House Speaker John Boehner, R-Ohio, reportedly told his aides and a group of Republicans Friday morning that he will resign at the end of next month, according to the New York Times. Boehner has served as speaker, which puts him after the vice president in the line of succession should something happen to the president, since taking over from Rep. Nancy Pelosi, D-Calif., in 2011.
Speaker Boehner just announced in Conference that he will resign as Speaker and from Congress at the end of October.
— Rep. Bill Huizenga (@RepHuizenga) September 25, 2015
Boehner aide's full statement on impending resignation. Comes amid rumblings of conservative coup. pic.twitter.com/ZB3IY8xdbC
— Benjy Sarlin (@BenjySarlin) September 25, 2015
Boehner, a devout Catholic, made waves on the Internet Thursday when he cried near Pope Francis as the pontiff addressed a joint meeting of Congress. The speaker has spent years working to get a pope to address American lawmakers. In a private meeting with Francis Thursday, Boehner discussed the significance of his green tie.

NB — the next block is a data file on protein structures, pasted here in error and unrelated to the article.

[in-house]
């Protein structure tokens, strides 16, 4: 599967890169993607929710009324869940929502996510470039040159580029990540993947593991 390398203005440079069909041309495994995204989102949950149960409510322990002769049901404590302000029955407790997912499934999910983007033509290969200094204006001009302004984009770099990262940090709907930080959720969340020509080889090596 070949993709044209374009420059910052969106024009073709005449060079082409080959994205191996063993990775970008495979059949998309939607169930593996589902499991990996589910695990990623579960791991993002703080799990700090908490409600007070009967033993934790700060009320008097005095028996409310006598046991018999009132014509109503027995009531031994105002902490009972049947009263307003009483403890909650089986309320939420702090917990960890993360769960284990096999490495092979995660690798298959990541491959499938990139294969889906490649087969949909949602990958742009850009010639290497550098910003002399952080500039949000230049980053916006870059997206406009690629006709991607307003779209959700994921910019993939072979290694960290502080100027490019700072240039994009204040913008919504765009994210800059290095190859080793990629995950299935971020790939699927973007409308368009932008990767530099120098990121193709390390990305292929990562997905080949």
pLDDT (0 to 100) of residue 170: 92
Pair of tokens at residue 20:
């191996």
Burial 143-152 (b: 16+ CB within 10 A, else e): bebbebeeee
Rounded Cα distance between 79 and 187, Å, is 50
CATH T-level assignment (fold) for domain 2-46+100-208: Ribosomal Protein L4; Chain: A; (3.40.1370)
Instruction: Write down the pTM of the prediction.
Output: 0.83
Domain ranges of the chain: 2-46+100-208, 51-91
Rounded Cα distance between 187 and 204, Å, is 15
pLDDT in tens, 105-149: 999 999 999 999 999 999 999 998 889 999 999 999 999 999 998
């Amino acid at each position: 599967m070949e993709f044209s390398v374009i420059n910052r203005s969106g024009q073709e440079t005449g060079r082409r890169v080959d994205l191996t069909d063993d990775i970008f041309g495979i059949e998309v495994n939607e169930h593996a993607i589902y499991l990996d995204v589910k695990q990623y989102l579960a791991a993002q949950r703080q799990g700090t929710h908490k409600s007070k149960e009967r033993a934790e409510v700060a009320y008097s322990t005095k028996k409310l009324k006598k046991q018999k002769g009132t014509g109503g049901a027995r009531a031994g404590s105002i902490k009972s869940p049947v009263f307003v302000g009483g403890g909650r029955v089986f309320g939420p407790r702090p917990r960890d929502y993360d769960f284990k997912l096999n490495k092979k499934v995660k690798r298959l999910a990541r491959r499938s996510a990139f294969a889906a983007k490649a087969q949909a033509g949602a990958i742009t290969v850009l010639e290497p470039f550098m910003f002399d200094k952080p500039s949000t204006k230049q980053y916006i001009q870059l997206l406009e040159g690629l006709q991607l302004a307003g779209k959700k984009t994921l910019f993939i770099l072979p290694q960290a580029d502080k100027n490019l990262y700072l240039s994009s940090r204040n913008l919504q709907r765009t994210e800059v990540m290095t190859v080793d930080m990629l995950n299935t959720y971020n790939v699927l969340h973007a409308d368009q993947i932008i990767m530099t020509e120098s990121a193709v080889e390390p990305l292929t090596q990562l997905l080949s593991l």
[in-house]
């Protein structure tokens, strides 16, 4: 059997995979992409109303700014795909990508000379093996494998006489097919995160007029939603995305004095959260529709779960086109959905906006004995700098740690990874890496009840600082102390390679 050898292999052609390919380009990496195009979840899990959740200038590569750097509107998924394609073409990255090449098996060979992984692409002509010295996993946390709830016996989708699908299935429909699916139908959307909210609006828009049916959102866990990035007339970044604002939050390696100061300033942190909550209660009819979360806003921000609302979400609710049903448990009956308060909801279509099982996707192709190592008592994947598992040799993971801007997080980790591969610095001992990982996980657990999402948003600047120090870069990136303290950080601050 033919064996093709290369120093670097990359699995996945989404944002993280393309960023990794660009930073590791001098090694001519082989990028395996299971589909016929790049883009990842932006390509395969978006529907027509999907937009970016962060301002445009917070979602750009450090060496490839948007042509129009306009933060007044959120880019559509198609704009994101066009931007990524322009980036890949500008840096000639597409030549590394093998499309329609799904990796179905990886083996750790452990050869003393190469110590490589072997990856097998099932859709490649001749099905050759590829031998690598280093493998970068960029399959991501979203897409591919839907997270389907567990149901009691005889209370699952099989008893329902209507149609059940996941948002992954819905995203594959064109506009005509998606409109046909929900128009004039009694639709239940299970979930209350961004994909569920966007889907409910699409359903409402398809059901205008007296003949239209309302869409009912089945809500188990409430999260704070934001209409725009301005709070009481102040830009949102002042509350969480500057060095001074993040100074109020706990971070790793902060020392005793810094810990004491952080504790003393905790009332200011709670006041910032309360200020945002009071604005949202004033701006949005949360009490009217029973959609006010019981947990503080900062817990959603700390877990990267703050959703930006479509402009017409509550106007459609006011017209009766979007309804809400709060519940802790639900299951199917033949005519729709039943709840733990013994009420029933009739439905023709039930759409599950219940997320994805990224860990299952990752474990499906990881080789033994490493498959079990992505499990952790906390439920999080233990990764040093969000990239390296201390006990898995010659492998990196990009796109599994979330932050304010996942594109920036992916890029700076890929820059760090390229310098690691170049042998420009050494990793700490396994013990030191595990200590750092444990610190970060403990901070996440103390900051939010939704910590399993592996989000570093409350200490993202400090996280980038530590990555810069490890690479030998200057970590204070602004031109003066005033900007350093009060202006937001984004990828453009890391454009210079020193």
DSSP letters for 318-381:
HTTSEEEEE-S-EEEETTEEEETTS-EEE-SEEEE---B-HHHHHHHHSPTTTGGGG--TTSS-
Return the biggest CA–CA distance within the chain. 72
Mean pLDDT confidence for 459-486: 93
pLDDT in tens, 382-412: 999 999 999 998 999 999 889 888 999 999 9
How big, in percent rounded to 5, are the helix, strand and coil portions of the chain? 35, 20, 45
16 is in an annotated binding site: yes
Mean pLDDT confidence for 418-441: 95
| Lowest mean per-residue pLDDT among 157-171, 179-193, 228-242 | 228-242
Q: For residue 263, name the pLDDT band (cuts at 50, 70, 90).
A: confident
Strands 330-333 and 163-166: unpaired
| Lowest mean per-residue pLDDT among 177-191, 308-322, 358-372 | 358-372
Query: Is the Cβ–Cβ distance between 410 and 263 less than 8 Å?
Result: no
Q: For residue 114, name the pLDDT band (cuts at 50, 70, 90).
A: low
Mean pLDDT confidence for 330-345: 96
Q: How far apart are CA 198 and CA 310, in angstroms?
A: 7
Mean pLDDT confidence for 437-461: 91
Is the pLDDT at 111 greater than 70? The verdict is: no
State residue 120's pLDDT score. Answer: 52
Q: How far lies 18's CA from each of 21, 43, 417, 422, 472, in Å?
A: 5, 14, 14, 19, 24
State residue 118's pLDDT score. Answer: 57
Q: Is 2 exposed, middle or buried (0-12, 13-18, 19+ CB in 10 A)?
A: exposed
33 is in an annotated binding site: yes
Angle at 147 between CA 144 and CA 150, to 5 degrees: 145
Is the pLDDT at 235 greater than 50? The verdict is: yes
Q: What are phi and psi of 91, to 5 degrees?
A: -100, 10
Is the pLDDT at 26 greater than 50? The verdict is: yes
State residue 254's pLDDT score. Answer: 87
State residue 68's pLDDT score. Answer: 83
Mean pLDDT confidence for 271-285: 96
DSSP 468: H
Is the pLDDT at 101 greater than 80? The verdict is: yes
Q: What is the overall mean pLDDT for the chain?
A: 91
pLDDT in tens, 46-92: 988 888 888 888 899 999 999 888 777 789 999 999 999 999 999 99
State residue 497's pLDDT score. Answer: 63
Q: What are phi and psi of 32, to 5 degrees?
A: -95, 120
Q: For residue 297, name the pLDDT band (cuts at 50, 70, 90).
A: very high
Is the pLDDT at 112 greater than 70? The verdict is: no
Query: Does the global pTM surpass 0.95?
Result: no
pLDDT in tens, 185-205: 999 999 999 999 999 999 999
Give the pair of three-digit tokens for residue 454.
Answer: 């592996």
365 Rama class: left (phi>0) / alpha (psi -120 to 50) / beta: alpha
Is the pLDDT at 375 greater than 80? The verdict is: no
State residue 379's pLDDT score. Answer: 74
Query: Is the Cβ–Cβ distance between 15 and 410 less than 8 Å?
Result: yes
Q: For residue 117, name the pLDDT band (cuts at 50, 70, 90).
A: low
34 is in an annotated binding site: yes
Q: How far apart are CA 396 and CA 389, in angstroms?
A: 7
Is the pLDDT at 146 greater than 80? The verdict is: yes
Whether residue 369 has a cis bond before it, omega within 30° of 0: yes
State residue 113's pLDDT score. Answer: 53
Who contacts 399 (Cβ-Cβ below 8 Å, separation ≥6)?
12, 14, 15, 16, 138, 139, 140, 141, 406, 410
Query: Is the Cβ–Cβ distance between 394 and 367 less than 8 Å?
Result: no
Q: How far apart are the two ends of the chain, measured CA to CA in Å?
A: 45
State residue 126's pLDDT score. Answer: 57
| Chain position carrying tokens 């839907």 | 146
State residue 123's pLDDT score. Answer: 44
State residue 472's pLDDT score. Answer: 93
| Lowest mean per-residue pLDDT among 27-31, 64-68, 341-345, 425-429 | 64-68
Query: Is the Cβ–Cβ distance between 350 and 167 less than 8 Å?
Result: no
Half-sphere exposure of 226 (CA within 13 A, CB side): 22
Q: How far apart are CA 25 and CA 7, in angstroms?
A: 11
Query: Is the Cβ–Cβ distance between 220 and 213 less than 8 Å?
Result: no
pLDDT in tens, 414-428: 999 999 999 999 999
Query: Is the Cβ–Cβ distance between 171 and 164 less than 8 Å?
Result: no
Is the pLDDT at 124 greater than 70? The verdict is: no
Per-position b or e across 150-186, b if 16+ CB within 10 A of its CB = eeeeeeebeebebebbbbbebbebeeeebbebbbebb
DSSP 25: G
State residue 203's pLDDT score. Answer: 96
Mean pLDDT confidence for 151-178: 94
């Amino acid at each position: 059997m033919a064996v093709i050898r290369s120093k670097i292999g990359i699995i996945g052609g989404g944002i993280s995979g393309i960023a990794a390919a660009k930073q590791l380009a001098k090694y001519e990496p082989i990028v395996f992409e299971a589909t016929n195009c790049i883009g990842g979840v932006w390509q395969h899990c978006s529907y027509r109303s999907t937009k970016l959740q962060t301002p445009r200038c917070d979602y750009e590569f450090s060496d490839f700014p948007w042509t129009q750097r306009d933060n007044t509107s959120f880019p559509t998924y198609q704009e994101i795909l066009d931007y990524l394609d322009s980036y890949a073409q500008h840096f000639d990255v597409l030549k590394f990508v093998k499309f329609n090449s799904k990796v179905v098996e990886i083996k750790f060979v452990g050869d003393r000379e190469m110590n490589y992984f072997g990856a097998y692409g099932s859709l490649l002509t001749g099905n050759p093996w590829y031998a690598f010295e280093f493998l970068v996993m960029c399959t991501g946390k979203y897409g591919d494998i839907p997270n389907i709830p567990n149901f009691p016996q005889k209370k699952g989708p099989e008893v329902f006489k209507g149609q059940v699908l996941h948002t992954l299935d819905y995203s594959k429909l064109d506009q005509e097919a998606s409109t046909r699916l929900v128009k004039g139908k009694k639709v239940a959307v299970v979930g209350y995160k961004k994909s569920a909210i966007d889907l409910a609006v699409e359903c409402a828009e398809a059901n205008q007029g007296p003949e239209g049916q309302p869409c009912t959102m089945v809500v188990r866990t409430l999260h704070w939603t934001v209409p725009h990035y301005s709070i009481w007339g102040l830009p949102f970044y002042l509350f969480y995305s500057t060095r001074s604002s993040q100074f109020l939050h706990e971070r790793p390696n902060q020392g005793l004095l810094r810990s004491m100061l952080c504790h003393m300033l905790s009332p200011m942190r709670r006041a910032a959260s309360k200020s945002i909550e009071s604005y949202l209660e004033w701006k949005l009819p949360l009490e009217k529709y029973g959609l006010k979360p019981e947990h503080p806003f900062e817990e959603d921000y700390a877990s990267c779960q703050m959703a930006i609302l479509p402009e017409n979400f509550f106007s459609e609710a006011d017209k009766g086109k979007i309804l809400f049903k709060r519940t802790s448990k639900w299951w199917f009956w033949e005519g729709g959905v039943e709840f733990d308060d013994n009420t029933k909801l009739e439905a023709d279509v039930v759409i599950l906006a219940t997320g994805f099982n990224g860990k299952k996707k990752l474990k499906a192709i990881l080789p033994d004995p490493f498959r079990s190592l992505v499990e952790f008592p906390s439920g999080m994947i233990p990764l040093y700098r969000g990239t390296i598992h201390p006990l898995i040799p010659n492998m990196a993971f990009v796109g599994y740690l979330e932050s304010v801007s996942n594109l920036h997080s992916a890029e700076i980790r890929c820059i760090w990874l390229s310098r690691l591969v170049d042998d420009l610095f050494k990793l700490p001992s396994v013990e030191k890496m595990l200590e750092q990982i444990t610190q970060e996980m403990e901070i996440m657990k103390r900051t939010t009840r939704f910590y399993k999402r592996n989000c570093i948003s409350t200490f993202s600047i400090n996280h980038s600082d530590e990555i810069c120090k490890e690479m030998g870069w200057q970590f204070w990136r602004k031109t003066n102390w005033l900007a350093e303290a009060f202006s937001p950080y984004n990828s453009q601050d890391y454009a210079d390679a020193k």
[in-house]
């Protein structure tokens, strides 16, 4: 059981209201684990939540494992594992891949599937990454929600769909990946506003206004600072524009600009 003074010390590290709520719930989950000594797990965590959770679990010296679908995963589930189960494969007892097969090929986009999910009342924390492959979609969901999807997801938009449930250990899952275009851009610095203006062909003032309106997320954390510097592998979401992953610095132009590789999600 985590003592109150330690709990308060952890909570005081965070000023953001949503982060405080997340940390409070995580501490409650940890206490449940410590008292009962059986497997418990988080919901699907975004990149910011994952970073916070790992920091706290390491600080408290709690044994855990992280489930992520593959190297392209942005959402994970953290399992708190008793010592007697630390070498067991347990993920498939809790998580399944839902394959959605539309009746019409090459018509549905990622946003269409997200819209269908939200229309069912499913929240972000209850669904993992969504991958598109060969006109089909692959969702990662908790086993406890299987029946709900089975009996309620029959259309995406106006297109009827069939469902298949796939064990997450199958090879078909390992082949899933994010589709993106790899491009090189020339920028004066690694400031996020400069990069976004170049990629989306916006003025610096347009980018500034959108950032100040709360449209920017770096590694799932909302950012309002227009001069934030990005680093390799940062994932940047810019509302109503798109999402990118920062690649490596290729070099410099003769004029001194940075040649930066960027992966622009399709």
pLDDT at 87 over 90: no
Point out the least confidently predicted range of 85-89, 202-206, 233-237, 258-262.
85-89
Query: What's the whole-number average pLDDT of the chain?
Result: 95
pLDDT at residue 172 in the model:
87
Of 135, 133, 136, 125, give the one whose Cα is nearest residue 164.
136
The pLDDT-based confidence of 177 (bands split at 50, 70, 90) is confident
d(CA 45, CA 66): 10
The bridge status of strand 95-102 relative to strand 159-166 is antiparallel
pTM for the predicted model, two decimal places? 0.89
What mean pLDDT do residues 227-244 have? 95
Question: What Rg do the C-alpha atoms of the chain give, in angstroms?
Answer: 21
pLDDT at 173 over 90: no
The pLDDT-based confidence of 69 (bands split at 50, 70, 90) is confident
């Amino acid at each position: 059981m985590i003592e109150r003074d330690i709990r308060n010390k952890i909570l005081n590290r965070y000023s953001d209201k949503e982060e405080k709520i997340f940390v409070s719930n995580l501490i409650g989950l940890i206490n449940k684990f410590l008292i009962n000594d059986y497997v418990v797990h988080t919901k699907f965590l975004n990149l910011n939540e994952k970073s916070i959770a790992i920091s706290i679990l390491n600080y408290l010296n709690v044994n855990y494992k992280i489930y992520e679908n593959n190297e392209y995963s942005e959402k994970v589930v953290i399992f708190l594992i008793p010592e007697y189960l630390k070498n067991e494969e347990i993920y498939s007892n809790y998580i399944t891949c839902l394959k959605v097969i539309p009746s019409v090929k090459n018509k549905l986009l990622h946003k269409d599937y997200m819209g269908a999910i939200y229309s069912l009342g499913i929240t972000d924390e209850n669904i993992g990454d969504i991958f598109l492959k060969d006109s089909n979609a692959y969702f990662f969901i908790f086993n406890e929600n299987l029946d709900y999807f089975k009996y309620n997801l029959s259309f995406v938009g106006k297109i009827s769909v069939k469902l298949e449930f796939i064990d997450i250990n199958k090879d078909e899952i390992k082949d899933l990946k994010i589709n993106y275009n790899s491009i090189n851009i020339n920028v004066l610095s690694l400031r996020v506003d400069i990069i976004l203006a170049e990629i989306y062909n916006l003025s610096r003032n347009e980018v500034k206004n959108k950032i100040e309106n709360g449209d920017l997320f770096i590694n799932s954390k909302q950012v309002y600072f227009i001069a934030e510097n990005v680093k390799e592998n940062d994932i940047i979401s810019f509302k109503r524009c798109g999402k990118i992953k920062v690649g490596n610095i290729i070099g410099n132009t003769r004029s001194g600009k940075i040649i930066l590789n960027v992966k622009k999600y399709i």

Francis said “green is the color of hope,” and Boehner responded, “We’ll need a lot of hope today,” Politico reported.
Boehner's announcement came Friday morning as he met with members of his caucus on how to avert an impending government shutdown, which will happen next Thursday, Oct. 1, if Congress fails to pass a budget. “Obviously the pope had a big impact on him," Rep. Richard Nugent, R-Fla., told the Washington Post. "That’s about the most selfless act I’ve ever seen, willing to step down to save this country and save this nation."
Boehner has tried to find a solution to keep the government running, but Republicans have remained stubborn on their demands to defund the healthcare nonprofit Planned Parenthood. His resignation is likely connected to this and other friction within the party, Rep. John Mica, R-Fla., told Bloomberg. "He does not want to become the issue," Mica said.
A December 2014 survey found that 43 percent of Republicans said they viewed Boehner in a positive light, while 52 percent said they thought he would fight for their issues. But 60 percent said they preferred someone new to take over as speaker of the House.
Many observers predict that Majority Leader Kevin McCarthy, R-Calif., will take over for Boehner when he steps down at the end of October.